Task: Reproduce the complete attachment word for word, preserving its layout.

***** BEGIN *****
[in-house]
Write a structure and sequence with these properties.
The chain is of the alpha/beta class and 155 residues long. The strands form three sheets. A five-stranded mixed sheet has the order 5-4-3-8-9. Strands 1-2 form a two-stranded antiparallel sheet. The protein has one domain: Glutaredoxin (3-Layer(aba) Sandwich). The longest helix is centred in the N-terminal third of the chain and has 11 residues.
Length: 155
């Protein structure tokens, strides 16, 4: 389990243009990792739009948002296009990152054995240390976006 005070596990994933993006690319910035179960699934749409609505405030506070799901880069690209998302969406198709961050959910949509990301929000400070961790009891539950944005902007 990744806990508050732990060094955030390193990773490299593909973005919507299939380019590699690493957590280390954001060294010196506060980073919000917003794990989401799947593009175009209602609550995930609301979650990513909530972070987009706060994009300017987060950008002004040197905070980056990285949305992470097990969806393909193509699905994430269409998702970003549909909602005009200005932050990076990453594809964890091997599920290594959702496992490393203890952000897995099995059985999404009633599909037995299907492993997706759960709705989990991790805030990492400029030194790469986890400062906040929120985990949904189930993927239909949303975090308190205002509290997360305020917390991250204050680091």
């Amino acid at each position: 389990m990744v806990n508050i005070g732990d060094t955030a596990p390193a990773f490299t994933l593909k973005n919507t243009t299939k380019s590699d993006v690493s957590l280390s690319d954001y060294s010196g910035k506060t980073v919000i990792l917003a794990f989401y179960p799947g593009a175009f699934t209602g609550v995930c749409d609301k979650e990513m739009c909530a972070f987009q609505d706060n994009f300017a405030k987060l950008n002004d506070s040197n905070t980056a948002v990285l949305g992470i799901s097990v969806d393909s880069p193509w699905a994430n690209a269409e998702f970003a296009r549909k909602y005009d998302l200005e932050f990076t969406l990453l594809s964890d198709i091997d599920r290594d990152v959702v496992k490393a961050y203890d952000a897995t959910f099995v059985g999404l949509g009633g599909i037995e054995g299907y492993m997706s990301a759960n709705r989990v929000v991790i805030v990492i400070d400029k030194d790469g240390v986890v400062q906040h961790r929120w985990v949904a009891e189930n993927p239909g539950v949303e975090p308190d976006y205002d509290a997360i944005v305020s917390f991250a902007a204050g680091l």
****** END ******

[in-house]
Write a structure and sequence with these properties.
The chain is of the alpha/beta class and 155 residues long. The strands form three sheets. A five-stranded mixed sheet has the order 5-4-3-8-9. Strands 1-2 form a two-stranded antiparallel sheet. The protein has one domain: Glutaredoxin (3-Layer(aba) Sandwich). The longest helix is centred in the N-terminal third of the chain and has 11 residues.
Length: 155
């Protein structure tokens, strides 16, 4: 389990243009990792739009948002296009990152054995240390976006 005070596990994933993006690319910035179960699934749409609505405030506070799901880069690209998302969406198709961050959910949509990301929000400070961790009891539950944005902007 990744806990508050732990060094955030390193990773490299593909973005919507299939380019590699690493957590280390954001060294010196506060980073919000917003794990989401799947593009175009209602609550995930609301979650990513909530972070987009706060994009300017987060950008002004040197905070980056990285949305992470097990969806393909193509699905994430269409998702970003549909909602005009200005932050990076990453594809964890091997599920290594959702496992490393203890952000897995099995059985999404009633599909037995299907492993997706759960709705989990991790805030990492400029030194790469986890400062906040929120985990949904189930993927239909949303975090308190205002509290997360305020917390991250204050680091």
């Amino acid at each position: 389990m990744v806990n508050i005070g732990d060094t955030a596990p390193a990773f490299t994933l593909k973005n919507t243009t299939k380019s590699d993006v690493s957590l280390s690319d954001y060294s010196g910035k506060t980073v919000i990792l917003a794990f989401y179960p799947g593009a175009f699934t209602g609550v995930c749409d609301k979650e990513m739009c909530a972070f987009q609505d706060n994009f300017a405030k987060l950008n002004d506070s040197n905070t980056a948002v990285l949305g992470i799901s097990v969806d393909s880069p193509w699905a994430n690209a269409e998702f970003a296009r549909k909602y005009d998302l200005e932050f990076t969406l990453l594809s964890d198709i091997d599920r290594d990152v959702v496992k490393a961050y203890d952000a897995t959910f099995v059985g999404l949509g009633g599909i037995e054995g299907y492993m997706s990301a759960n709705r989990v929000v991790i805030v990492i400070d400029k030194d790469g240390v986890v400062q906040h961790r929120w985990v949904a009891e189930n993927p239909g539950v949303e975090p308190d976006y205002d509290a997360i944005v305020s917390f991250a902007a204050g680091l």